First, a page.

Microsoft Says It’s Chipping Away at Apple’s Dominance of Premium Devices Led by Mac

Surface Book Performance

Over the years, Apple has led in the “premium devices” category, because Apple has predominantly sold devices only in this category — with even the 11-inch MacBook Air landing in the “$900 or more” range.

Right now, the cheapest MacBook you can buy is the 13-inch MacBook Air at $999, with the 12-inch MacBook’s cheapest price set at $1,299.99, and the new MacBook Pro coming in at $1,499.99. Apple’s Mac lineup is premium by default, and so it makes sense that if Microsoft wanted to take some shots at Apple, going after the premium market would be one way to do that.

To compare, Microsoft’s Surface Book starts at $1,299 (right now — it traditionally starts at $1,499). The Surface Pro 4 starts at $899 without a keyboard.

And so that’s apparently what’s happening. The Redmond-based company revealed its quarterly earnings yesterday, and in the process revealed that it is seeing “continued growth” in the premium device category, thanks to licensing out its desktop operating system, Windows, to hardware partners. Microsoft, for its part, defines premium devices in that “$900 or more” price range, and, considering it’s Apple’s only segment when it comes to these machines, it’s the one they’ve dominated over the years.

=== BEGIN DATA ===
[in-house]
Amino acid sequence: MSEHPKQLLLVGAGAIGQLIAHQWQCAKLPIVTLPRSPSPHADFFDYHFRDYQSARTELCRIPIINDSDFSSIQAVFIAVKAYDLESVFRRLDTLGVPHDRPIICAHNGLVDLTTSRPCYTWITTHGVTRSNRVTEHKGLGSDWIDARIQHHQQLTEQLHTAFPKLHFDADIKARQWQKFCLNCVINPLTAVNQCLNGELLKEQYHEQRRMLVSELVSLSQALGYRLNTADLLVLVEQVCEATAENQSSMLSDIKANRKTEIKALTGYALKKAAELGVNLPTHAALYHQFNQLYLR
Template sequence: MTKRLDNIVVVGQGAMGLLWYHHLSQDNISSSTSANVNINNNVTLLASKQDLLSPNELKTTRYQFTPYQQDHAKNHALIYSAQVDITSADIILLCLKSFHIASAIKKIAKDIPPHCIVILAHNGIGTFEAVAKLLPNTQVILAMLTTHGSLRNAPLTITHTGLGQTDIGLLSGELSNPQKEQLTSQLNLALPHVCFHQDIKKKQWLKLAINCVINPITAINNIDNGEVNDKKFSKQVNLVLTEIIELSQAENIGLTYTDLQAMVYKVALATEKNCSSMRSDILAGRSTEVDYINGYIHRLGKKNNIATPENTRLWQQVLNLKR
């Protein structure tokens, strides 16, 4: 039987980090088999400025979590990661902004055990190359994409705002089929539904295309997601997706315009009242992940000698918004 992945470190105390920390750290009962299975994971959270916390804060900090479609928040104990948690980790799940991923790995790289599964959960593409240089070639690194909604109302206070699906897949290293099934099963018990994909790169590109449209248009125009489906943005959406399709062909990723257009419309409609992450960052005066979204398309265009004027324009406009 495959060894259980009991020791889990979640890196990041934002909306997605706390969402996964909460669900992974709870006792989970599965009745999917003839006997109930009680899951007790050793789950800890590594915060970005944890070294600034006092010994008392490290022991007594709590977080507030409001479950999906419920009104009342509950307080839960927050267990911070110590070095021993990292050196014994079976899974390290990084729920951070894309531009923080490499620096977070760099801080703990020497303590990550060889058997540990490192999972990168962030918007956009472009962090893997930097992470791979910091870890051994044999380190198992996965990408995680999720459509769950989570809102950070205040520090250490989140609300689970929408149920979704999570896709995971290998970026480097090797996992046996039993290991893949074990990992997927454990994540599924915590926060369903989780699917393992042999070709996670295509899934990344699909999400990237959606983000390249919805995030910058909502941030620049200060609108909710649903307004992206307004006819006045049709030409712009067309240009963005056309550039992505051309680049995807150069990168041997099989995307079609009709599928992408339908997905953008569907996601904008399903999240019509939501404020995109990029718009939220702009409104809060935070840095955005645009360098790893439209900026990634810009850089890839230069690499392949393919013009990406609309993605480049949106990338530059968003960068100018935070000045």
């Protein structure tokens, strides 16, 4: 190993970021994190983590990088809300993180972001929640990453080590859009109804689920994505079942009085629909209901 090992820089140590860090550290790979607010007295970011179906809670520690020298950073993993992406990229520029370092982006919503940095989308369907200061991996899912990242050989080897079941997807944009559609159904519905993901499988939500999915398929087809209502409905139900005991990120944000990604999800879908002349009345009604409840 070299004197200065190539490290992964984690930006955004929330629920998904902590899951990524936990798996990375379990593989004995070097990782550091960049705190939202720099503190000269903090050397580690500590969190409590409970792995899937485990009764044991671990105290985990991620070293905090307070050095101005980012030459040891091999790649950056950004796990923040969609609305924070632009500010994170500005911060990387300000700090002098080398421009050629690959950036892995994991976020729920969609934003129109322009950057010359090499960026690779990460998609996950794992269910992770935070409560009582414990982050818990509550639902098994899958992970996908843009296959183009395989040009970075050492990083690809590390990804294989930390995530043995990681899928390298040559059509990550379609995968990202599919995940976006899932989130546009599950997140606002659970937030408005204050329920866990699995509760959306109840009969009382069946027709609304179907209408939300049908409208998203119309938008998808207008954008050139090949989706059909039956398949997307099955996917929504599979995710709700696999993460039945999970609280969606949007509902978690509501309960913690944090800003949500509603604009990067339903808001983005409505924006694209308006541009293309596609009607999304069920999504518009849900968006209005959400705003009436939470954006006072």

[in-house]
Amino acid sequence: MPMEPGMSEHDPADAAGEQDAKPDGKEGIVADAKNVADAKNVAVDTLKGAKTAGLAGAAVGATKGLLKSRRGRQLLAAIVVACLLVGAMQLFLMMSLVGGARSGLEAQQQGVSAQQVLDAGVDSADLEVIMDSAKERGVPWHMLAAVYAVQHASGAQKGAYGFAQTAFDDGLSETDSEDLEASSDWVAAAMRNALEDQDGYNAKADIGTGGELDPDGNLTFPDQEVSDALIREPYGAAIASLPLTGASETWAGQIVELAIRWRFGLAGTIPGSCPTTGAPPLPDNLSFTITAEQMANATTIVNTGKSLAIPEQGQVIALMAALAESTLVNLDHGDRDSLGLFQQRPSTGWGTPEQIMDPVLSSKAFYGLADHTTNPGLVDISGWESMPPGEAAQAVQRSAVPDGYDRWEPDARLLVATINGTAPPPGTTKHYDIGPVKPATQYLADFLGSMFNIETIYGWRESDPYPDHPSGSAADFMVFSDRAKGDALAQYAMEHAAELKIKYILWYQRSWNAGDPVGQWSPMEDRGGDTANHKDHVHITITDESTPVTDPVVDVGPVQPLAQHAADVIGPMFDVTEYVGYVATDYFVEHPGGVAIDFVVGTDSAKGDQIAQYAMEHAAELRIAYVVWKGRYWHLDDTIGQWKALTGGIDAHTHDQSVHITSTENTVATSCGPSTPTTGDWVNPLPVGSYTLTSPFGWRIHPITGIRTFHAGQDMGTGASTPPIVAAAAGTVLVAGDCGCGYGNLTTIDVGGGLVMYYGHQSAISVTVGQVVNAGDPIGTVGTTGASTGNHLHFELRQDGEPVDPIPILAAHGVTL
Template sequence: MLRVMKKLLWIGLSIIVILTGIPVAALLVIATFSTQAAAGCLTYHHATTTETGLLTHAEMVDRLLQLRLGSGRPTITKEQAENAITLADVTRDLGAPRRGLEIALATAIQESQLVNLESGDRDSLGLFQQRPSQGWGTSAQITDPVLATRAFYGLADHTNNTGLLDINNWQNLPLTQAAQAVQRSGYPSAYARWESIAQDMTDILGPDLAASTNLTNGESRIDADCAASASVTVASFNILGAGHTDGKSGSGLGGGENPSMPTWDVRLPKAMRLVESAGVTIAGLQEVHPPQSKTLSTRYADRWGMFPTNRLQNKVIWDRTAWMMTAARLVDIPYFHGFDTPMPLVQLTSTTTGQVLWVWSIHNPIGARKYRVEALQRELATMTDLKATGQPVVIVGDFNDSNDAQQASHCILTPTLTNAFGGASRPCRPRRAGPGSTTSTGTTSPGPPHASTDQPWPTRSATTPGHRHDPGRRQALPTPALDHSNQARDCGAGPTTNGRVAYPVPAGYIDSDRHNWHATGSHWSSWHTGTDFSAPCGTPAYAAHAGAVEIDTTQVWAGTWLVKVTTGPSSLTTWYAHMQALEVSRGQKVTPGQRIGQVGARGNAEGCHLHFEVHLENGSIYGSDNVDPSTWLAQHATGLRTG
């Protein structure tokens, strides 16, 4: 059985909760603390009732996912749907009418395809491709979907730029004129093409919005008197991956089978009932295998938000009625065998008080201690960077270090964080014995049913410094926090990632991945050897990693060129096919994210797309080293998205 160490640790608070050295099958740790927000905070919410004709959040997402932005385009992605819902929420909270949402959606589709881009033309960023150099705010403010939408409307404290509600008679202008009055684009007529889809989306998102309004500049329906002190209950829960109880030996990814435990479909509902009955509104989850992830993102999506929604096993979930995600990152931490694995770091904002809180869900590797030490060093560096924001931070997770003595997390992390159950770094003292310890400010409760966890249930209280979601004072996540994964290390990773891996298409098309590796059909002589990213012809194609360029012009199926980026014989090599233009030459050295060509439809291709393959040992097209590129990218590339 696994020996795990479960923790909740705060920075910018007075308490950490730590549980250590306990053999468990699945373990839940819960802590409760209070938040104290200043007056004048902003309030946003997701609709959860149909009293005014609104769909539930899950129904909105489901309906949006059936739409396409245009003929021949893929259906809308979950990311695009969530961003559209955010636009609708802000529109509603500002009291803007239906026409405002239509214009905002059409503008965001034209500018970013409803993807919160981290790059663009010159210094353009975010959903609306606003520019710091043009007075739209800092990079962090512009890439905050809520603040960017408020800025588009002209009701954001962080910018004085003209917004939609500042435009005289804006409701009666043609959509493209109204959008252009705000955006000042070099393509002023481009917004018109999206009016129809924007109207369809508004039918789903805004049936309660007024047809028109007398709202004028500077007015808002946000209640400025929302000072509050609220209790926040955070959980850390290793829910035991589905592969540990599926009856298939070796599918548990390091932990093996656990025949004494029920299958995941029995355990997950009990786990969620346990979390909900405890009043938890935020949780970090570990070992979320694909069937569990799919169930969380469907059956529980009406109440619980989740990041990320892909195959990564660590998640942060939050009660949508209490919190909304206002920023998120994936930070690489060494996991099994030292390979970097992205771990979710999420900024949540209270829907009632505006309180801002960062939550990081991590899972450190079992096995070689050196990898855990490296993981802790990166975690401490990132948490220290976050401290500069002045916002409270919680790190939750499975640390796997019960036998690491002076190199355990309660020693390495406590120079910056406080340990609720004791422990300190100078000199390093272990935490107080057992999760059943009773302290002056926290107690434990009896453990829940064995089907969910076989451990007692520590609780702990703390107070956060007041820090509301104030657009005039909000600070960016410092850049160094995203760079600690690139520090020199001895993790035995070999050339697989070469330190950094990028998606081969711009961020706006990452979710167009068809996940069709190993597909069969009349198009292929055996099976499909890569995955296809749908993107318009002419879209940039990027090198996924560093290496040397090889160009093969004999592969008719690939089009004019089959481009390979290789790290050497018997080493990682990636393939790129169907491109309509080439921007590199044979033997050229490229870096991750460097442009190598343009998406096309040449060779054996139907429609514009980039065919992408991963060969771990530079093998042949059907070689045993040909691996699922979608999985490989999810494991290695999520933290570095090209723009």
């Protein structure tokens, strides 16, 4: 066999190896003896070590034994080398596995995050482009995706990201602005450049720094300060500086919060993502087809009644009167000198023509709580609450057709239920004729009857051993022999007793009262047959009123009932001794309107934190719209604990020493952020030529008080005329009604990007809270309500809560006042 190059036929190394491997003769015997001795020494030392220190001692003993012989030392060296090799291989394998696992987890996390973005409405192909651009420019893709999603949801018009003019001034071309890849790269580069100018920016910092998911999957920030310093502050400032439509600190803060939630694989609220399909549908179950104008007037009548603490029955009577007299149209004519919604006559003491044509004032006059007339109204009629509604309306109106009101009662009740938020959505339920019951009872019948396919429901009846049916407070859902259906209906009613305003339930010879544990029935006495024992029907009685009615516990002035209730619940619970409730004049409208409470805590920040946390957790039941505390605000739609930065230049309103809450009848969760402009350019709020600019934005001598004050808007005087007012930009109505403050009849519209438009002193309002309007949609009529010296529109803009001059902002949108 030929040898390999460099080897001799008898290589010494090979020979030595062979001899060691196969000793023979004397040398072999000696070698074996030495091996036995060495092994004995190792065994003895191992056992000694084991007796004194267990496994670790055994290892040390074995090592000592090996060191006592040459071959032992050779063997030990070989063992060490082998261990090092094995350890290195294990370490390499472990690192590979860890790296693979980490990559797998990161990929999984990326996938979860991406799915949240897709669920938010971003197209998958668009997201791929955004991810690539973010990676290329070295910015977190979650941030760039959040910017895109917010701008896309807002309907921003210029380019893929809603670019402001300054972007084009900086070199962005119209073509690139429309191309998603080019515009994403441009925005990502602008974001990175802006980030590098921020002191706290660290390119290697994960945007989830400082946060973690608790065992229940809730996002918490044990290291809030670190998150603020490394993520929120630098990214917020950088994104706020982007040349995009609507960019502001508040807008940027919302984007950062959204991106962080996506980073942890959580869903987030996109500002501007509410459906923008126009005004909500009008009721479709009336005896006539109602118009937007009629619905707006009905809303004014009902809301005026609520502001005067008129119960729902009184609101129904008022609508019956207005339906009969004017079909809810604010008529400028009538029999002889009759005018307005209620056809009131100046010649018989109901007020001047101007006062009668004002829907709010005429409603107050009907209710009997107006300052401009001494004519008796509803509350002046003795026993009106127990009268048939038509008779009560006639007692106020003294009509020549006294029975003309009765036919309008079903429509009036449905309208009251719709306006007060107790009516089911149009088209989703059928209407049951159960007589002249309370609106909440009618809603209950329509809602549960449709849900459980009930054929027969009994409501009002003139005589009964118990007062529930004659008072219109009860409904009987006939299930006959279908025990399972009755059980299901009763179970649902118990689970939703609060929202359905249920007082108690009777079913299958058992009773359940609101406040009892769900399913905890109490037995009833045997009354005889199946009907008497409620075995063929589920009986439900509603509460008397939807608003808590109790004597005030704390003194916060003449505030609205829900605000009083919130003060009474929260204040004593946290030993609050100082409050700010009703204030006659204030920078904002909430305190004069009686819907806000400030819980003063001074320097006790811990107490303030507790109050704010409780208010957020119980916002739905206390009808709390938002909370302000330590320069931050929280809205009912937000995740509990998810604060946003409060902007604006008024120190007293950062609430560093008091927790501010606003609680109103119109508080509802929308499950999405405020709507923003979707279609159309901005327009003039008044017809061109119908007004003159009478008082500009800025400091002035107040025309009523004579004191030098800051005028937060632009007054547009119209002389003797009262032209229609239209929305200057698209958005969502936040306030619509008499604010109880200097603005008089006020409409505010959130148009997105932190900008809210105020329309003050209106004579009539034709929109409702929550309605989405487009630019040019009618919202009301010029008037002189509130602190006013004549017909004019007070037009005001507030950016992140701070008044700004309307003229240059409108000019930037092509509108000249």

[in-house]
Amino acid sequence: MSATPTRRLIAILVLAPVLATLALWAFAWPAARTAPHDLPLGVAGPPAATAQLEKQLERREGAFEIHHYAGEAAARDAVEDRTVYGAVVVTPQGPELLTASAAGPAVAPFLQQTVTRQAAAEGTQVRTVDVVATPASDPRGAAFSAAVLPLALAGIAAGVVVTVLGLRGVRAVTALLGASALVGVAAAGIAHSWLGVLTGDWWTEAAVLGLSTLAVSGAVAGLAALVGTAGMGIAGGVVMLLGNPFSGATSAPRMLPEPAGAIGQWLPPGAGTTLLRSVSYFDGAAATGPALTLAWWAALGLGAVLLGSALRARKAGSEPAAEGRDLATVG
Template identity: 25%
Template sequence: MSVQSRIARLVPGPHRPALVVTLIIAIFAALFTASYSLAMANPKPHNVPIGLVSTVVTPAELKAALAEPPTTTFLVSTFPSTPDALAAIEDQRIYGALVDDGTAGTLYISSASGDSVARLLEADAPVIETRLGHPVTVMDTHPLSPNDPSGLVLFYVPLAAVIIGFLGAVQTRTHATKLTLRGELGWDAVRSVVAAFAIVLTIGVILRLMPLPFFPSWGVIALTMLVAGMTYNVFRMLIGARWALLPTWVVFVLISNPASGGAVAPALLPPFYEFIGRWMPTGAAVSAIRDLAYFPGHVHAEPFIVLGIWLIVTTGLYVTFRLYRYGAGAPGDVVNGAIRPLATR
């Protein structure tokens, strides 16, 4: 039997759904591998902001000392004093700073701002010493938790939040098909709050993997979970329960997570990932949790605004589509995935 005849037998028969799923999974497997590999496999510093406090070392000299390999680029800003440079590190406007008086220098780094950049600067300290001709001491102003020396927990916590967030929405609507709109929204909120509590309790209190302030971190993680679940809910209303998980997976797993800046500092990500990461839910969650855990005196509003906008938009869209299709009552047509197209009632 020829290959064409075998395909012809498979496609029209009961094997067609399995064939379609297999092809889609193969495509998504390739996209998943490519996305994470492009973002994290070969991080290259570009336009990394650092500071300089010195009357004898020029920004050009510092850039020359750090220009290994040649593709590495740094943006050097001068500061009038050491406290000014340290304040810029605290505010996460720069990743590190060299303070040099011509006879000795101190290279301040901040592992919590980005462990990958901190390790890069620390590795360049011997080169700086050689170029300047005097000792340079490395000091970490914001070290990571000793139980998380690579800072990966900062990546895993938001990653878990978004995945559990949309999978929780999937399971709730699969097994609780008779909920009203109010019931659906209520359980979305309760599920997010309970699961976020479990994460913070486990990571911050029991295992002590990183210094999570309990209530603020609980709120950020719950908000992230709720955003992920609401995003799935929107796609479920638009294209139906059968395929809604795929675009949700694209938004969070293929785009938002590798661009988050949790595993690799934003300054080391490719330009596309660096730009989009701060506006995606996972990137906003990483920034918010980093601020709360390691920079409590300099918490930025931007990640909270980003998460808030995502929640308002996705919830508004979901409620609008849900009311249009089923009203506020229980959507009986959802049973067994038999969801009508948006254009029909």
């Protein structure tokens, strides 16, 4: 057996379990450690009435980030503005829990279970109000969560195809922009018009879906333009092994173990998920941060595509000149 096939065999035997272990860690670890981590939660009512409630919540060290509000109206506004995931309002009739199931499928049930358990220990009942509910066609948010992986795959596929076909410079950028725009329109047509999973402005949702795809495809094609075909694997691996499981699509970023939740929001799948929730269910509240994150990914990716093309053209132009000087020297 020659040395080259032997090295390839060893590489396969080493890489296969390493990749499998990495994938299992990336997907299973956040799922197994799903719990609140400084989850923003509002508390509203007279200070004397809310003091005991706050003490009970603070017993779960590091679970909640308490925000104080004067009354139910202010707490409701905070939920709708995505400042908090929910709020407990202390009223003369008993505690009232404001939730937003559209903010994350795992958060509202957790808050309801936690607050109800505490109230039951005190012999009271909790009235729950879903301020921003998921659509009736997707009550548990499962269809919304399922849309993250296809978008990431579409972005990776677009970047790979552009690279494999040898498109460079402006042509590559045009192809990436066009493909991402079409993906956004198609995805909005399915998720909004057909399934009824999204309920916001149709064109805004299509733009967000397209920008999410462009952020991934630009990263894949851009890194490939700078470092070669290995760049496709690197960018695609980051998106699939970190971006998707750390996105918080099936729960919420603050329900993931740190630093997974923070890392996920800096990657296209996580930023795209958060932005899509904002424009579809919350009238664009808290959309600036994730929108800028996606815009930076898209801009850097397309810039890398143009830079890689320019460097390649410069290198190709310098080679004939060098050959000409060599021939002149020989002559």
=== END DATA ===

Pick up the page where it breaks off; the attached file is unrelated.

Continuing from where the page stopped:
In December, a little while after the company had officially revealed the Surface Studio desktop PC, which retails for $2,999 and higher, Microsoft said that it credited disappointment in the new MacBook Pro from Apple as a reason why it had seen “all-time Surface sales.” Apparently those sales are still going strong, while third-party Windows PC makers are also seeing overall increases in their sales in the premium market as well.

Overall it’s good to see that Microsoft is seeing continued growth, in any market, because it means more choice for consumers, and, ultimately, better competition for Apple, too. After all, if we want Apple to force itself to improve its products, making other companies force them to do it might actually make it happen.

[via Business Insider]